Dressing New Zealand men
In the 1950s, menswear was made by manufacturers in New Zealand, partly because of fear.
The lack of dress-sense amongst the male population of the country had been noticed and commented on, particularly when it came to those occasions when women would buy or make new clothes, only to be let down by a companion who "looks like he had slept in his clothes". The main reason for this was a fear of being seen as a "sock-suspender-wearing toff or worse"!
A common observation was the loyalty that Kiwi men had to heavy three piece woollen suits, garments that were worn whatever the season. In the heat of summer that must have presented a real problem so, in the early 1950s, some manufacturers were promoting summer-weight worsteds. However only the darkest colours were popular.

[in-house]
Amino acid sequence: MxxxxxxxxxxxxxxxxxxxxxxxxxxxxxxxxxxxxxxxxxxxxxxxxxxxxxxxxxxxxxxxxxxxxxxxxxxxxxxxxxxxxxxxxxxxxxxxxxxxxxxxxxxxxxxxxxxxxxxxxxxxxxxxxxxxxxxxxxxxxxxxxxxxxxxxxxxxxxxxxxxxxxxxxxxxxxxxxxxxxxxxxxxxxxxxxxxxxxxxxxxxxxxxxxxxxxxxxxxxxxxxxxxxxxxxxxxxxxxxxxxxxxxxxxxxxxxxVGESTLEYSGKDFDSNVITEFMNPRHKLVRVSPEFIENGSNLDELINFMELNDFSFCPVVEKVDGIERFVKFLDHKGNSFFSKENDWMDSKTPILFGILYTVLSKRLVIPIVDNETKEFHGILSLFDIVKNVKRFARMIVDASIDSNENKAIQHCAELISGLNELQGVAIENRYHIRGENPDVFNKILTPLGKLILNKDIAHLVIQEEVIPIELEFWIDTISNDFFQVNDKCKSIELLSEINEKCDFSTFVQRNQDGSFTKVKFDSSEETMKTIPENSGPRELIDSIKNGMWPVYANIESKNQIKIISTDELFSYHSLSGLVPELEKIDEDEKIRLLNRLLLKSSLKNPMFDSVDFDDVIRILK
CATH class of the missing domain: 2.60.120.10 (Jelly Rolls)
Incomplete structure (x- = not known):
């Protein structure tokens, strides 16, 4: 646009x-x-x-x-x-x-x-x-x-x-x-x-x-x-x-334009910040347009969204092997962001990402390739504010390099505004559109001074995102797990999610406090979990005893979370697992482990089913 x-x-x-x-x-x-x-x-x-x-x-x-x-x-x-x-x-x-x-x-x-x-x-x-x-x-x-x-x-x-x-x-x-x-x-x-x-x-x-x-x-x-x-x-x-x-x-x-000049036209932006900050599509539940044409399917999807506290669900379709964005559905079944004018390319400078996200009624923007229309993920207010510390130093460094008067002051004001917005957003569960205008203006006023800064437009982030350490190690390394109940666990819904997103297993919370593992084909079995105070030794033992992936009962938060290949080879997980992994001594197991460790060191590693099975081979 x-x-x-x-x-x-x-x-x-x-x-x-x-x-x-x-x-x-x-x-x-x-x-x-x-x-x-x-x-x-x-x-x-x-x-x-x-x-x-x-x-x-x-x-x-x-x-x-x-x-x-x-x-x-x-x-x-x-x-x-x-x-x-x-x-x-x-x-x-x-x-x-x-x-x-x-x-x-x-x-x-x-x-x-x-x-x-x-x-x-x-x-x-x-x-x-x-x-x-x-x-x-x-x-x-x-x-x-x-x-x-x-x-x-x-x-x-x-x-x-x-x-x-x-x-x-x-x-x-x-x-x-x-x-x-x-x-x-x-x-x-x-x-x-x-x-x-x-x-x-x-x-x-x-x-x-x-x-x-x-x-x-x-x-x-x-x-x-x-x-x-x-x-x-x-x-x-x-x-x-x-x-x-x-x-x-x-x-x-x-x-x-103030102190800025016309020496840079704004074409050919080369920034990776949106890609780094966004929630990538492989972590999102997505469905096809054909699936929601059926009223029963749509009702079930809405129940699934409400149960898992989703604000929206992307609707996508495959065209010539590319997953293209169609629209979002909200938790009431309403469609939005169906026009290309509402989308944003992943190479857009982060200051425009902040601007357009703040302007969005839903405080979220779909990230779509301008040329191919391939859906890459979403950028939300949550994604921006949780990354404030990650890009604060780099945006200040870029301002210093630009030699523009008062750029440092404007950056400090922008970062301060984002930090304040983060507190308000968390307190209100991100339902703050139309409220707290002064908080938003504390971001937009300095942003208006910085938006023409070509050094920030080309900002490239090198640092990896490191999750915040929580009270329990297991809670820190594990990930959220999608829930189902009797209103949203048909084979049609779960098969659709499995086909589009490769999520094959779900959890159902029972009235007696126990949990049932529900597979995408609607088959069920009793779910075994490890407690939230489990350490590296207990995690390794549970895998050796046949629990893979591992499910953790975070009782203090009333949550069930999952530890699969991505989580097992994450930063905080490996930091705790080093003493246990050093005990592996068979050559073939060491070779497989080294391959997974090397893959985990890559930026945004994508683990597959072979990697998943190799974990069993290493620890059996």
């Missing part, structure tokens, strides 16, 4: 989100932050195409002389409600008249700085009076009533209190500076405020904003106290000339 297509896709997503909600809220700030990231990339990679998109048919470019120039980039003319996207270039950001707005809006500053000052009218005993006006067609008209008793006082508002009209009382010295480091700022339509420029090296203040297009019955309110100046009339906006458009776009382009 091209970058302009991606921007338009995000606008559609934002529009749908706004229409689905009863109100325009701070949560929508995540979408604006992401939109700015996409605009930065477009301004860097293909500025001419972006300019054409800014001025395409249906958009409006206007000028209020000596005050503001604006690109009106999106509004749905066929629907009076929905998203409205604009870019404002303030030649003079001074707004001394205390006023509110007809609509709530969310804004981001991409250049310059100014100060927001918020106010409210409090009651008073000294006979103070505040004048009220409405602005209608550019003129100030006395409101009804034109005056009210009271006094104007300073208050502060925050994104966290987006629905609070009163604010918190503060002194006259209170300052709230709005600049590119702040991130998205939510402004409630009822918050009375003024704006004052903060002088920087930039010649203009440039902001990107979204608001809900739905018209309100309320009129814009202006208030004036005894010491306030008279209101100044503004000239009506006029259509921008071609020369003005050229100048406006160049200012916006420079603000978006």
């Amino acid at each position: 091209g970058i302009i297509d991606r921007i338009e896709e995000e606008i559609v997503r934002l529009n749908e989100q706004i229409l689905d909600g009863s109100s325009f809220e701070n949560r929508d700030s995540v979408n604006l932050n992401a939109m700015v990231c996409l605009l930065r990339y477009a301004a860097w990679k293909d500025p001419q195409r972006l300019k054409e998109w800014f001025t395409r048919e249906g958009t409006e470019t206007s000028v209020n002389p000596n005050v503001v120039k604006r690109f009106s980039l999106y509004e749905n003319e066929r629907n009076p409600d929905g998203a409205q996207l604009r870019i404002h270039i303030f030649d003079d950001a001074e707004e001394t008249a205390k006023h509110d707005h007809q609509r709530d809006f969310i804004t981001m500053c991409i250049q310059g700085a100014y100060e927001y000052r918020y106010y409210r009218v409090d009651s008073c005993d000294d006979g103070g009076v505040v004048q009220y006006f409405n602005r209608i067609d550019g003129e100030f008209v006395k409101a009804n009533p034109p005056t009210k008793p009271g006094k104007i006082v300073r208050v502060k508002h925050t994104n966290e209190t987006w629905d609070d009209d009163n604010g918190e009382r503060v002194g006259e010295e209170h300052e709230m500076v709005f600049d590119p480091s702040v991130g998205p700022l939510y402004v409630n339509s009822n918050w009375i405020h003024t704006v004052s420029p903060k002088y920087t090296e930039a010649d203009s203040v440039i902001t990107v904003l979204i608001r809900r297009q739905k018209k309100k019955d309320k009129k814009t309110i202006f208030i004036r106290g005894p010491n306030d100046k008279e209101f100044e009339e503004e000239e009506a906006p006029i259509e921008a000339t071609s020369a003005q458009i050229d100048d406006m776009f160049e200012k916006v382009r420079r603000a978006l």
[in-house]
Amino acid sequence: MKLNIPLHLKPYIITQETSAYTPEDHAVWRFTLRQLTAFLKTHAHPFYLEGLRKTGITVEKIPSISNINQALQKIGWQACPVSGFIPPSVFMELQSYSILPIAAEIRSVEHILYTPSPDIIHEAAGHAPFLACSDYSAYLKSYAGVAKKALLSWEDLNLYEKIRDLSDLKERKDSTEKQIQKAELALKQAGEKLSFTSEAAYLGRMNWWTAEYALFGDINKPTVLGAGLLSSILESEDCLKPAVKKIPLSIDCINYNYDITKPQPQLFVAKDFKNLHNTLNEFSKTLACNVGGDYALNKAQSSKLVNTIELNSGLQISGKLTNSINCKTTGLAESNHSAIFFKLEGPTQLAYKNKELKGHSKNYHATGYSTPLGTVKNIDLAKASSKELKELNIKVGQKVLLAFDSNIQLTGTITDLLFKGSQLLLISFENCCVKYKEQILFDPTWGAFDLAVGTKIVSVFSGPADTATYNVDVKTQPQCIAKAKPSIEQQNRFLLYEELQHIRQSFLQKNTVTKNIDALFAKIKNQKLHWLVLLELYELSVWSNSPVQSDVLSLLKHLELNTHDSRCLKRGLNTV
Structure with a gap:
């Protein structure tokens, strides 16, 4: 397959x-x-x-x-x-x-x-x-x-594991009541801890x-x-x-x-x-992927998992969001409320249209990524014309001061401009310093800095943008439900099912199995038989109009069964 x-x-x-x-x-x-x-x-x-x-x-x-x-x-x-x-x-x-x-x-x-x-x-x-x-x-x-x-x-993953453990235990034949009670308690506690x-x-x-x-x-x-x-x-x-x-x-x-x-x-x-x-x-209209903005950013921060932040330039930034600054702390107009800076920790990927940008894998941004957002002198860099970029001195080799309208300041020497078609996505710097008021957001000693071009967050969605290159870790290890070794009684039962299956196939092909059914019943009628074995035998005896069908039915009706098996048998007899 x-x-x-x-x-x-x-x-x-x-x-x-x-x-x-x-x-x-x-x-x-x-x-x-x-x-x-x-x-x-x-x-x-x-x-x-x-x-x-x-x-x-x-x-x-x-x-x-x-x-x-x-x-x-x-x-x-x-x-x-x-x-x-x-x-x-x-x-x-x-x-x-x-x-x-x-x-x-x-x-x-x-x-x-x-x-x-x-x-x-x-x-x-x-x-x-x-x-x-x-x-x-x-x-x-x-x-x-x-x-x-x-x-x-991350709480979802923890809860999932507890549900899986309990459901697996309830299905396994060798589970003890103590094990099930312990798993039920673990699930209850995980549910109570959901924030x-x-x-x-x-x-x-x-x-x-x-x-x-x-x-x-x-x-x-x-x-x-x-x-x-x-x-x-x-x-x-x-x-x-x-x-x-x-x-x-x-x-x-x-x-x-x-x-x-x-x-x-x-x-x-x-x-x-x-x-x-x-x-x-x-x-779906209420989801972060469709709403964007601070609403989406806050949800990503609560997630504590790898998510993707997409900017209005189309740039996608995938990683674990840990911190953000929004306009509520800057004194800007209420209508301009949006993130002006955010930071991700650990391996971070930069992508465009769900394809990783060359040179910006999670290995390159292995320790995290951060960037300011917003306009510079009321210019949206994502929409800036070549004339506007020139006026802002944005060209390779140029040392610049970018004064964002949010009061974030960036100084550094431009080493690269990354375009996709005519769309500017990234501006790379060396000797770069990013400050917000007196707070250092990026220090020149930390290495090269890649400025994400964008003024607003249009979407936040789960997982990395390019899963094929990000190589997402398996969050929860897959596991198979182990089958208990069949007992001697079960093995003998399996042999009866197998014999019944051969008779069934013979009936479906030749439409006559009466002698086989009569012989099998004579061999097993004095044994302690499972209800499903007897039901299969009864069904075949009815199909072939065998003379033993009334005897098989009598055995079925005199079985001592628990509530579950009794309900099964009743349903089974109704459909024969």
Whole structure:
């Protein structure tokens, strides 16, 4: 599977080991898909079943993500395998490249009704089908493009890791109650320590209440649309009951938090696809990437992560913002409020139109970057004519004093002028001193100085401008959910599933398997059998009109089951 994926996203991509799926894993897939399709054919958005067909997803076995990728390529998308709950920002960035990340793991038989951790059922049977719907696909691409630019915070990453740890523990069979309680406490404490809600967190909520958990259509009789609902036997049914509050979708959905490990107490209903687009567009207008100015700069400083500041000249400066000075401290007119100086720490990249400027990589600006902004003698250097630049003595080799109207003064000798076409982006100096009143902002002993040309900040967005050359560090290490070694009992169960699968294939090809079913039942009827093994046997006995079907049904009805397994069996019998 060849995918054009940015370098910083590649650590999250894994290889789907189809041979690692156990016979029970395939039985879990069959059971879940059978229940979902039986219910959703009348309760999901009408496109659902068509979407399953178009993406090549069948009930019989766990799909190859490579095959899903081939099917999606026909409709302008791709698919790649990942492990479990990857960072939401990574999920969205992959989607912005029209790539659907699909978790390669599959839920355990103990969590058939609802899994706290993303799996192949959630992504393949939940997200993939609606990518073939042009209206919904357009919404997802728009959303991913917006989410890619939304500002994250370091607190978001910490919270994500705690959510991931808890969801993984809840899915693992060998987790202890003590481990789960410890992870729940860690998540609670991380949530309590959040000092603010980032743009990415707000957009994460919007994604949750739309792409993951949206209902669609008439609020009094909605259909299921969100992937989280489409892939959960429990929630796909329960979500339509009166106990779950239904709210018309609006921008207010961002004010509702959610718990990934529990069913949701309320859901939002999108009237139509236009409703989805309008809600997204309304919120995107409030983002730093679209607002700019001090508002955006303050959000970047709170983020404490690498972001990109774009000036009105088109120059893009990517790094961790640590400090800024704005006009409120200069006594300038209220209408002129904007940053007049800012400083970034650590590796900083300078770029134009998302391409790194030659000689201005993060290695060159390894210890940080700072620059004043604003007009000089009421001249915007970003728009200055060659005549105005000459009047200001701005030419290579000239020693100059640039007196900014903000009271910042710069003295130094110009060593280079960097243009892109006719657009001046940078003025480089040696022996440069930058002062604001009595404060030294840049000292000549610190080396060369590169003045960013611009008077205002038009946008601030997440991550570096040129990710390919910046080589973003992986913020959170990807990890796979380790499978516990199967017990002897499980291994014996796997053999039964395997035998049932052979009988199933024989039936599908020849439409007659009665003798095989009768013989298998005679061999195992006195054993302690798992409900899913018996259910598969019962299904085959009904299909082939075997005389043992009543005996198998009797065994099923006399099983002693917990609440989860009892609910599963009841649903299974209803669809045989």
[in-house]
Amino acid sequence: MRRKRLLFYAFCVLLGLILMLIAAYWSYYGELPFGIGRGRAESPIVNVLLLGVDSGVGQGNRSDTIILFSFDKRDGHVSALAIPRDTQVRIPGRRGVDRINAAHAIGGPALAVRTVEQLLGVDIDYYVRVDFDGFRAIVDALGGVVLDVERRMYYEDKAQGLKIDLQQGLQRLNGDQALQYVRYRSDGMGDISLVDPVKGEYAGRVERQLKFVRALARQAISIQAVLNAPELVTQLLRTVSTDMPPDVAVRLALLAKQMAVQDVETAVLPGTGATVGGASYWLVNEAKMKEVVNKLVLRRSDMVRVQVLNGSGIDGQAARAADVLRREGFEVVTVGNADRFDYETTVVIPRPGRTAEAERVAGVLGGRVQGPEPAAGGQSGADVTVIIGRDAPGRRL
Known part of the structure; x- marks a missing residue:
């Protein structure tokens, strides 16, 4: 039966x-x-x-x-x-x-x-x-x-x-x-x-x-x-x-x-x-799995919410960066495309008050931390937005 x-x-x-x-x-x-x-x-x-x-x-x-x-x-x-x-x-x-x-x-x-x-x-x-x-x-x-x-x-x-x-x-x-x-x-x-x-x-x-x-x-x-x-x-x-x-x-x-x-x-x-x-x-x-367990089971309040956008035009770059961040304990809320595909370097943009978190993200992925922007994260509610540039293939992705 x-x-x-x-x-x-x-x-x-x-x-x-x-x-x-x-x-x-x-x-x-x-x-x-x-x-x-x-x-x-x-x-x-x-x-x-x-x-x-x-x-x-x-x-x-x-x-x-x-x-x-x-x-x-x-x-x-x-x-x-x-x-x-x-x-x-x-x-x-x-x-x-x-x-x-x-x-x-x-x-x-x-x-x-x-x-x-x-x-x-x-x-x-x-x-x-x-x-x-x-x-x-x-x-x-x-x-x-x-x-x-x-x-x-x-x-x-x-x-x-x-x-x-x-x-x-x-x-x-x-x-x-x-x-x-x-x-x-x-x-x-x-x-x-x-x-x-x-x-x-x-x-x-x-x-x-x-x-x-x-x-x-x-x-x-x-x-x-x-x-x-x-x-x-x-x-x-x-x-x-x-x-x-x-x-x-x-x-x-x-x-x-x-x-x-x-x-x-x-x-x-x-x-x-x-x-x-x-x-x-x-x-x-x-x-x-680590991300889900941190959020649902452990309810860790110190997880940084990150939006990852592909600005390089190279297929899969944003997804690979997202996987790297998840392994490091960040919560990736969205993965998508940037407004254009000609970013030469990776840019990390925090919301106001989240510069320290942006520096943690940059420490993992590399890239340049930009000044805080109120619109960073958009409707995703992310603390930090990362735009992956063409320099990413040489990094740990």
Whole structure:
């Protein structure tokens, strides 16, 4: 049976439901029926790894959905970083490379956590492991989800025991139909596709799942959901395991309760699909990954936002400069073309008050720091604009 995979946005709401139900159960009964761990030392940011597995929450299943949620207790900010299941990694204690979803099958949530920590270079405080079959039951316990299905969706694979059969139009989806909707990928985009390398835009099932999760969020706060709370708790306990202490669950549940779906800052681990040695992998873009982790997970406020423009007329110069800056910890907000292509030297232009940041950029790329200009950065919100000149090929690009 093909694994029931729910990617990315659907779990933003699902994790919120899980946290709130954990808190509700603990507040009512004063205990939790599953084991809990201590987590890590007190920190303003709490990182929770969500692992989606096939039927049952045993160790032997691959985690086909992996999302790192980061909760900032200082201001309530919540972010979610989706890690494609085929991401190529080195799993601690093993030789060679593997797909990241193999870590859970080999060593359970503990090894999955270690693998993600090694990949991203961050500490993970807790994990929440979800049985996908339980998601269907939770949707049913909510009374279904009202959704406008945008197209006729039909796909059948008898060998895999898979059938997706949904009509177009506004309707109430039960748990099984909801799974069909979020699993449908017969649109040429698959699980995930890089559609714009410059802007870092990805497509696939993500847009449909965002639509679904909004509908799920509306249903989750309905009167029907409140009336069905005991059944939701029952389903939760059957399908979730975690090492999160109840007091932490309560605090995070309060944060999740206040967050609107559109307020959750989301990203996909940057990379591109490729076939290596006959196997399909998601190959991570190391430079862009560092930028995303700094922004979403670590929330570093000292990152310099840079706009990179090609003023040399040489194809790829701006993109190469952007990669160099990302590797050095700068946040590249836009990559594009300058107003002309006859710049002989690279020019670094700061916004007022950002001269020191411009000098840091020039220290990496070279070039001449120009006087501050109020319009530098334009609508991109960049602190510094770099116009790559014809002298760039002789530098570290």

The lack of suitable attire was commented on by Robert Leek, a fashion illustrator and designer from the Netherlands who emigrated to Auckland and found that men's clothes were more like Northern English apparel than to European fashion or, crucially, the needs of New Zealanders. By the end of the decade Robert had been introduced to Kurt Hager, a shirt supplier, and the pair were creating a range of modern shirts with styling, colours and patterns, but it was an Australian brand, Anthony Squires, that made a real difference to clothes for men. Their single-breasted suits with slim trousers were popular with younger men and quickly other manufacturers took up the style.
In 1957, the New Zealand version of Vogue magazine had arrived in the country. Fashion for both women and men would never be the same again.